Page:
- Patient Blood Management: Slow the flow - Archived
Although blood transfusion can improve outcomes and be a life-saving product, it is not always administered appropriately for the right indication and/or in the right dose.
Many clinicians and patients are not aware of the risks of blood transfusions.
- Blood transfusion introduces a foreign substance into the body
- Blood transfusion is a liquid transplant
- Transfusion Associated Circulatory Overload
- Transfusion Related Immune Modulation
- Reactions–Acute and Delayed (Allergic, Sepsis)
- Transfusion Related Acute Lung Injury
- Mistransfusion – Human Error
- Transfusion Transmitted Diseases (HIV, Hepatitis)
Blood transfusions can increase a patient's length of stay in the hospital and increase the cost of care.
CAMC's patient blood management program was designed to improve patient outcomes by reducing and/or avoiding blood transfusions entirely.
This program is a collaborative medical approach that takes into account each patient's medical and surgical needs. Conserving a patient's own blood minimizes the need to receive donated blood.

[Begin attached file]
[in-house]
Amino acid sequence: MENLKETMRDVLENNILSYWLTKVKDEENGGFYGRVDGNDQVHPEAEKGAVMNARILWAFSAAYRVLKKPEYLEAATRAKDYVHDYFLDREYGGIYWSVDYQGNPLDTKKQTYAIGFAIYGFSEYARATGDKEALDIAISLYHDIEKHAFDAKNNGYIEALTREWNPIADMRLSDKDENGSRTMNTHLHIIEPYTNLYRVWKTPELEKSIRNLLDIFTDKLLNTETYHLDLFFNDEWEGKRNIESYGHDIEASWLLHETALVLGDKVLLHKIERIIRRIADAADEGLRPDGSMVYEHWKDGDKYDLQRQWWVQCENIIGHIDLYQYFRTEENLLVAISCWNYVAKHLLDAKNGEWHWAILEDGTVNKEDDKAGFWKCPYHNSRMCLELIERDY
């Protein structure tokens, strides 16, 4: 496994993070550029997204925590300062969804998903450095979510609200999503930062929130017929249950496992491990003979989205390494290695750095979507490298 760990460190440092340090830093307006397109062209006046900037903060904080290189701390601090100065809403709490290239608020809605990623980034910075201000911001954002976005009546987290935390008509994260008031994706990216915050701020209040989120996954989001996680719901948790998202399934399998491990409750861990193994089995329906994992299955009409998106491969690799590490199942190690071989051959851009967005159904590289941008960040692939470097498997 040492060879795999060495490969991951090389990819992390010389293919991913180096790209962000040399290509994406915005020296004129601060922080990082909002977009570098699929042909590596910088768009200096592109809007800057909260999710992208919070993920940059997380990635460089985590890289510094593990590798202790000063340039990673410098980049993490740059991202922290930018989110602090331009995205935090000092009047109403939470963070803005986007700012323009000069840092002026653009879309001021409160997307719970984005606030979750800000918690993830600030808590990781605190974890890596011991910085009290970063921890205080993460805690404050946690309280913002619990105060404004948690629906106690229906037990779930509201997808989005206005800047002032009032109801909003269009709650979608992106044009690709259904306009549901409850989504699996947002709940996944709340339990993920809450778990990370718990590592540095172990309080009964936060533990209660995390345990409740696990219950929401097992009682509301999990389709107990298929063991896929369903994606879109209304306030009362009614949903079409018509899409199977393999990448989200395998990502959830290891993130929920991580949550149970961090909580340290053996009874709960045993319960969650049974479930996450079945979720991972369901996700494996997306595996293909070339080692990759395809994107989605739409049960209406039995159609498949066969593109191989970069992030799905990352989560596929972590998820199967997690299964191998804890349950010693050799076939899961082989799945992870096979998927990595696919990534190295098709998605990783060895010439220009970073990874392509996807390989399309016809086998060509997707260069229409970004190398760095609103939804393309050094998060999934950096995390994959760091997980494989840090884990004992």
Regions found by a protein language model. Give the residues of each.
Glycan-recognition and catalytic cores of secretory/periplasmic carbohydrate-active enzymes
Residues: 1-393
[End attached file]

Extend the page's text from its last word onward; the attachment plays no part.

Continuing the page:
Collaboratively doctors, nurses and other hospital staff consider other treatment options to reduce the need for transfusions. These include the use of medications, evidence-based techniques to minimize blood loss during a medical or surgical procedure and the latest technology to determine the need for a blood transfusion.
Managing a patient's blood involves the patient working with the team who will be providing the care. The process begins before the patient comes to the hospital, continues during hospitalization and follows the patient even after discharge from the hospital.
The benefits of not performing a transfusion can include a faster recovery for the patient, minimized risk of blood-borne diseases, reduced stress on the patient's immune system and decreased risk of infection after surgery.
The patient blood management goals are to improve patient outcomes, respect the request of patients who do not want blood products of any form, and educate medical professionals in how patient blood management can improve outcomes for all patients.
CAMC wants to improve the appropriate use of blood and blood products and offer the choice of bloodless health care to both medical and surgical patients.